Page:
The day our parents and our accusers were to come, I dressed up as early as 5.00 am in readiness. Yewande woke up later than usual, perhaps because she knew she wasn’t going to be attending the class. I watched as she packed her bags and emptied her wardrobe. She gave her provisions away and I watched in disbelief as everyone scrambled to get some even the ones who had accused her of being a witch also collected. Aren’t they scared? I thought

I attended the morning assembly while Yewande stayed in the room. I would have advised her to attend if we were still talking. But since I was still very angry with her, I hadn’t been talking to her. It seemed she had noticed and had also stopped all forms of interactions with me.

I wasn’t afraid any longer. I was ready to face the guys. Their books and the money were even in my backpack, I intended to return to them and apologise. I knew this might spell trouble for me but for my plan to work out, I had to make my own conscience clear

****

I couldn’t concentrate in the class; I had never been able to. Even without the burden in my heart I wouldn’t have understood a word.

It was further mathematics; a subject I believed was for the heavenly beings. The best score I ever got in mathematics was 56 so I wondered how anyone would expect me to grasp further mathematics. What’s my business with dy dx for heaven’s sake? That was the question I had almost asked the teacher once when he told me to find the dy dx of a particular mathematical problem. I had thought better and to avoid problems simply told him I don’t know. It had never bothered me to be called a dullard, not then, not ever.

I tried to drown out the teacher’s voice with my thoughts but somehow it kept creeping in. I checked my watch amazed at how much time was gone already.

Where were my parents and the guys? I wondered. I was still thinking of this when someone walked into the class. I looked up immediately and met Toluse’s eyes as soon as I did. I wondered why he could turn cold so suddenly. A thought crossed my mind making me smile wryly. I looked intently at him as he spoke to the teacher and I noticed he was trying to change his posture every second. It seemed as though he could tell my eyes were on him. I knew getting Toluse back wouldn’t be an issue if I was interested. The teacher motioned for me to follow Toluse and heaving a sigh of relief I did.

We didn’t say a word to each other throughout our walk to the principal’s office. He entered his office with me and I wondered why he felt the need to do so.

*****

Yewande was seated with a woman who I presumed must be her mother. She reeked of wealth and class. She seemed angry but for some reason it looked like her anger wasn’t really meant for her daughter. I spotted mum and dad next; there was no emotion in their eyes. It wasn’t as if I was expecting them to be overjoyed at seeing me but I expected to see anger or disgust. The two guys we had met in the university were also seated on the left. It could have been a courtroom of some sorts with the pissed looking principal as the judge and Mr Adisa with the no nonsense look plastered on his face as the prosecuting lawyer. The only thing that would have been wrong with that court was that there were no defence lawyers.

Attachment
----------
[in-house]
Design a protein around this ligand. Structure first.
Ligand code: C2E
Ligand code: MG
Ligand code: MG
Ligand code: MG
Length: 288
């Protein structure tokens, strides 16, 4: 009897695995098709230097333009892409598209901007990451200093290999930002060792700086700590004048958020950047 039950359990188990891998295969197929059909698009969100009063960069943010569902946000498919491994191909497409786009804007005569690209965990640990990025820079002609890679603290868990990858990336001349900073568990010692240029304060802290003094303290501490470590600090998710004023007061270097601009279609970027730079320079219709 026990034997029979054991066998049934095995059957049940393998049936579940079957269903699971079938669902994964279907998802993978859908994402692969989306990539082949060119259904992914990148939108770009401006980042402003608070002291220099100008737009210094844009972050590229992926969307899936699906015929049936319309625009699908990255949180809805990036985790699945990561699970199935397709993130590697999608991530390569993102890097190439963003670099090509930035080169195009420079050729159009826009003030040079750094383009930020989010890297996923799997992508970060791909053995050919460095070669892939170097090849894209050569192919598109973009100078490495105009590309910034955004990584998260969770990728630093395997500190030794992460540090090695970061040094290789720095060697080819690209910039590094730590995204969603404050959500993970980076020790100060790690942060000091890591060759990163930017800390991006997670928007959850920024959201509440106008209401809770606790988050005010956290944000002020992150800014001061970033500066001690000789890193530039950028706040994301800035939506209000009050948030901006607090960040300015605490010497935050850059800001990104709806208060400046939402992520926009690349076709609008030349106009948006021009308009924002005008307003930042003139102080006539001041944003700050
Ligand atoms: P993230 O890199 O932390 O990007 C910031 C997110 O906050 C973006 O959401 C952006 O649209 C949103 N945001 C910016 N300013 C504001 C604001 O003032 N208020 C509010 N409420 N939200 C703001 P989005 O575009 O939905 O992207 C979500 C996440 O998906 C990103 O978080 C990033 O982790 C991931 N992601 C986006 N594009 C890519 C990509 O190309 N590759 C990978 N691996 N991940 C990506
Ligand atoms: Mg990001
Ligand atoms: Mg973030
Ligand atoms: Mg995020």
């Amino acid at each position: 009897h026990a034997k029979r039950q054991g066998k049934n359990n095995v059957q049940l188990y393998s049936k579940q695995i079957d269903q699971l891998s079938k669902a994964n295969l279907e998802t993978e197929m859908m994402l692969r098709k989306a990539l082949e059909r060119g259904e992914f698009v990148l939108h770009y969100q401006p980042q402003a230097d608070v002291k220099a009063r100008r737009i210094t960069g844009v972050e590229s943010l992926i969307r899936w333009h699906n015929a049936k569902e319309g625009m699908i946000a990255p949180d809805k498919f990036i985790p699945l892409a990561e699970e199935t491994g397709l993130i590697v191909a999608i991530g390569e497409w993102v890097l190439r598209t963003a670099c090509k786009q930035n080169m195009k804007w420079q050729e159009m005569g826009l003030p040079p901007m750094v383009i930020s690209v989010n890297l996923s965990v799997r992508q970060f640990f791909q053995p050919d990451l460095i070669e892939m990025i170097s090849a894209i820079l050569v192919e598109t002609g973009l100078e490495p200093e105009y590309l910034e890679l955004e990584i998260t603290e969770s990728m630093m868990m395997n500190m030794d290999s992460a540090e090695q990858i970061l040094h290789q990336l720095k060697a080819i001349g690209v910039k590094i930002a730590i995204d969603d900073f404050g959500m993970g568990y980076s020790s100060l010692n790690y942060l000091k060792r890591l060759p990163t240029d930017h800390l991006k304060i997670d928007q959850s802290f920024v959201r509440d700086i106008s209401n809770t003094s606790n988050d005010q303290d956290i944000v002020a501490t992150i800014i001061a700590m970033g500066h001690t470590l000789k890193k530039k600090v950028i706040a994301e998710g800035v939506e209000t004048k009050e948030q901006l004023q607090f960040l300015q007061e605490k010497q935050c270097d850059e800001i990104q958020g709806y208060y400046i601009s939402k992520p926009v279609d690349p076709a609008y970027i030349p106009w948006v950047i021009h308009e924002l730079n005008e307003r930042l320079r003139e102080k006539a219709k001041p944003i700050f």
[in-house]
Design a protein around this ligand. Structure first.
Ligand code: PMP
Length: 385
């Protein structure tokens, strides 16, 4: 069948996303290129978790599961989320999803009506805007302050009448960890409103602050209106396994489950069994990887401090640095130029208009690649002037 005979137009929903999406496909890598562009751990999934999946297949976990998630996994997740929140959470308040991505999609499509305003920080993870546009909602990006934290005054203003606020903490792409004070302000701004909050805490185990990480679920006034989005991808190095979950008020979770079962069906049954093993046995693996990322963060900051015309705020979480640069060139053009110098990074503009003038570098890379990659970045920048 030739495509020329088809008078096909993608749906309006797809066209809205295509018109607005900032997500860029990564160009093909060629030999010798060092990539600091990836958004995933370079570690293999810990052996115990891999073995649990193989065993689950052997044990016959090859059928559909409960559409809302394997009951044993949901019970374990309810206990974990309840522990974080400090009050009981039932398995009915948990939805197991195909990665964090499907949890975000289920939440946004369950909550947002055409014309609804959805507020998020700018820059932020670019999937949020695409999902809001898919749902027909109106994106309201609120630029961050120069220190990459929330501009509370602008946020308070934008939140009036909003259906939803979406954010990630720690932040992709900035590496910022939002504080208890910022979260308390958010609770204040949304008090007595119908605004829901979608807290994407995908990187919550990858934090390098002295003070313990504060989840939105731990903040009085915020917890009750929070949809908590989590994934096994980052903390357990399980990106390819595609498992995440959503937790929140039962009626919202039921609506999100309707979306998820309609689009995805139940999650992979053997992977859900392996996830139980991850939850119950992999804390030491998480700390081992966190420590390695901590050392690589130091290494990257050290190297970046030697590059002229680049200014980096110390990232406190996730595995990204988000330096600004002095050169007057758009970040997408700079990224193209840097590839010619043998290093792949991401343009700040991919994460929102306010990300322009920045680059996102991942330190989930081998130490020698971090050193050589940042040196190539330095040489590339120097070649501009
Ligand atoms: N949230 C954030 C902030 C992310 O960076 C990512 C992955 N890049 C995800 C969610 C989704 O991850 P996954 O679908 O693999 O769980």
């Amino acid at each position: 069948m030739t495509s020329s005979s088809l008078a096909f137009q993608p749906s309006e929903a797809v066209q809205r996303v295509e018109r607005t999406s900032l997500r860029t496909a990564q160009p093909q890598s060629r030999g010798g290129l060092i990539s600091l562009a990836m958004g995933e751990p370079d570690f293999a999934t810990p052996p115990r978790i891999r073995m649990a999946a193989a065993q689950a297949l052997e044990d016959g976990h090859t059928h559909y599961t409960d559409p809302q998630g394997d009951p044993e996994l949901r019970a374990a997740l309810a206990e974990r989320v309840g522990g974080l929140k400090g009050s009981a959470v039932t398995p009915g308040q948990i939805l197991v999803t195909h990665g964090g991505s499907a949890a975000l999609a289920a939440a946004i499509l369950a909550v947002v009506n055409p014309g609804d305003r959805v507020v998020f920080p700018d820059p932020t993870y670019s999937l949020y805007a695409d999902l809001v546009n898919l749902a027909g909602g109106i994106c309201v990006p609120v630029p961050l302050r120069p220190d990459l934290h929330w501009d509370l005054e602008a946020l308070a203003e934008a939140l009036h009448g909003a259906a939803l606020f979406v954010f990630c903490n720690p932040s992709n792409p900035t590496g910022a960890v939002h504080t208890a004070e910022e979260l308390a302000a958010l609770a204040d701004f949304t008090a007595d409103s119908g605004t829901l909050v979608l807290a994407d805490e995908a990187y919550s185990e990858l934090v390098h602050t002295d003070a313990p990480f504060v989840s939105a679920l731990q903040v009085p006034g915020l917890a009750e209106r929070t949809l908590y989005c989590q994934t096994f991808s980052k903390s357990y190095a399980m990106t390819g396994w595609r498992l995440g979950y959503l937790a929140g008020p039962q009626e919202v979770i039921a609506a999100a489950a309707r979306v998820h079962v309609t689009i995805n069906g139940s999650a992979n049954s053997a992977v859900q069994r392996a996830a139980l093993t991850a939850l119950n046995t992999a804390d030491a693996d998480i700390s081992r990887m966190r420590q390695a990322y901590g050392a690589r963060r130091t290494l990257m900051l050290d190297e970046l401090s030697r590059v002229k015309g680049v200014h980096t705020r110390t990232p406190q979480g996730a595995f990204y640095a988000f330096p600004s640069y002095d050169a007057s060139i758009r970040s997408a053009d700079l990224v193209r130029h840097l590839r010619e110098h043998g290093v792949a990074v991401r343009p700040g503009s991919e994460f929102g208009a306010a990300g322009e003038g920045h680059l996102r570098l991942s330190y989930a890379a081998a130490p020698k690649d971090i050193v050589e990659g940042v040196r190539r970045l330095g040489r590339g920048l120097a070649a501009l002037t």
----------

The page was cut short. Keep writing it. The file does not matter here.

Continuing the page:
The principal cleared his throat.

“Ahem….it’s good that the second odaran is here now. You girls have both had one week since this incident happened and none of you still deemed it fit to confess. I am very ashamed of you girls and more importantly of the disrepute that you have both brought this school into. You have shamed me and the decent teachers and students of this school. For this reason we have decided to punish you both. Yewande is a serial offender and although I hate to disappoint her Mom I am going to have to send her out of my school his time around.”

I glanced at Yewande and saw that she could as well have been a thousand miles away.

“As for Bosola,” the principal continued. “She would have to go on three weeks suspension.”

I heard my mum gasp mumbling Jesus.

“It’s painful to me that you girls have not confessed to stealing the properties of these gentle men. Since you have refused to own up to it, I would have no choice than to pay for their loss.”

“Sir, there will be no need for that.” I said

“I took those items and I’m ready to return them.”

“Bosola you did what?” My Mom screamed. “Lord have mercy, are you also a thief now?”

“Calm down woman”, my dad said. She looked at him and nodding her head she sat down.

“Sir,” I continued. “Before I return those items to them I would like to say here now before everyone and my parents that I do not wish to remain in this school.”

“What!!! Yewande screamed startling everyone. Bosola how dare you say that, have you forgotten Iye’s mandate?”

“I don’t care.”

“You have to!”

“You ladies should wait a minute, who and what is Iye?” The principal said

“Sir, that’s where I intend to go next, there is a lot to talk about sir and I’m glad we have our parents here and these two outsiders too. You have been living in a fool’s paradise sir. Today I’m ready to tell all.”